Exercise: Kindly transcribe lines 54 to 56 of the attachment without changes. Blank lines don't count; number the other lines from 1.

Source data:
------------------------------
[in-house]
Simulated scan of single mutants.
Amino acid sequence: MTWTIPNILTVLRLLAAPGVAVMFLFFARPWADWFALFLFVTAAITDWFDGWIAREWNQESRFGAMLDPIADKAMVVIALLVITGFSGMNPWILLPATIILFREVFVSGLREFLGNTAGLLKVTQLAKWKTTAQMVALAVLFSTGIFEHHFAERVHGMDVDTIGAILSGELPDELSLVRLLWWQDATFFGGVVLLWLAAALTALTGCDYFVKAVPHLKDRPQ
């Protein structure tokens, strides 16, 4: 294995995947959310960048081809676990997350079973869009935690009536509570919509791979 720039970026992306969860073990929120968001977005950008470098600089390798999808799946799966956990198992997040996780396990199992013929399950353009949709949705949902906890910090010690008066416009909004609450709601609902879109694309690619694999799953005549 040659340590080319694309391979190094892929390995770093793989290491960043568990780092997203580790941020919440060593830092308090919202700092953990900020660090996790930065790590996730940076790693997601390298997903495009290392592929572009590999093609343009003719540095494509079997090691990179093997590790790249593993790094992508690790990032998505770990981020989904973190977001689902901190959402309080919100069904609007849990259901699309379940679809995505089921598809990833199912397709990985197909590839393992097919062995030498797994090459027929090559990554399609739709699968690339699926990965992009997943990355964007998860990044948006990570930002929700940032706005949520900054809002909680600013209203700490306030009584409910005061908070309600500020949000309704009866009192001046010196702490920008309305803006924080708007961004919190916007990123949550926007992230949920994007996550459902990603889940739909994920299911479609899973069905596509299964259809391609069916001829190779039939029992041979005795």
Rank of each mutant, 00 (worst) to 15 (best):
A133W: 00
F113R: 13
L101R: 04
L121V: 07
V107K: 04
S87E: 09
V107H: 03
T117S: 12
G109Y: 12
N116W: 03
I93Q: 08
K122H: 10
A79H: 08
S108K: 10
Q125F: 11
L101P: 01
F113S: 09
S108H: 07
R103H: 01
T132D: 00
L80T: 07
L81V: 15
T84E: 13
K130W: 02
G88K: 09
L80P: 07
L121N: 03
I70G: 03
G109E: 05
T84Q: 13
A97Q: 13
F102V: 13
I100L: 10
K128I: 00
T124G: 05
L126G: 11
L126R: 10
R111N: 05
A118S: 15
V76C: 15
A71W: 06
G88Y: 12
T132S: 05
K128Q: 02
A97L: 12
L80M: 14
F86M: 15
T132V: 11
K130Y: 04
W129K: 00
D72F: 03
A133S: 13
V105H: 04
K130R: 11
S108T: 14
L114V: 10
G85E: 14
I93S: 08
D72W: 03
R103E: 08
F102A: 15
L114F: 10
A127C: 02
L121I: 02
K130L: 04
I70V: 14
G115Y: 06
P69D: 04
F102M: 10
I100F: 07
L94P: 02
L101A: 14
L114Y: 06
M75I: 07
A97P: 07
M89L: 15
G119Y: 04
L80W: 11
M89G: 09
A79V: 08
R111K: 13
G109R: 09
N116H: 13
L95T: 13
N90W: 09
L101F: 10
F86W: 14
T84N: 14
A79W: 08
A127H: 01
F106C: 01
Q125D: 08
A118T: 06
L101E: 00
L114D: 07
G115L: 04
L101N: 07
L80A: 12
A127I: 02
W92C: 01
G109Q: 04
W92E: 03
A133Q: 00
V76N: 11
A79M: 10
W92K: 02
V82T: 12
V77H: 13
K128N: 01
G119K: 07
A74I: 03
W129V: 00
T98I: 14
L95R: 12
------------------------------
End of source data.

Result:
K130Y: 04
W129K: 00
D72F: 03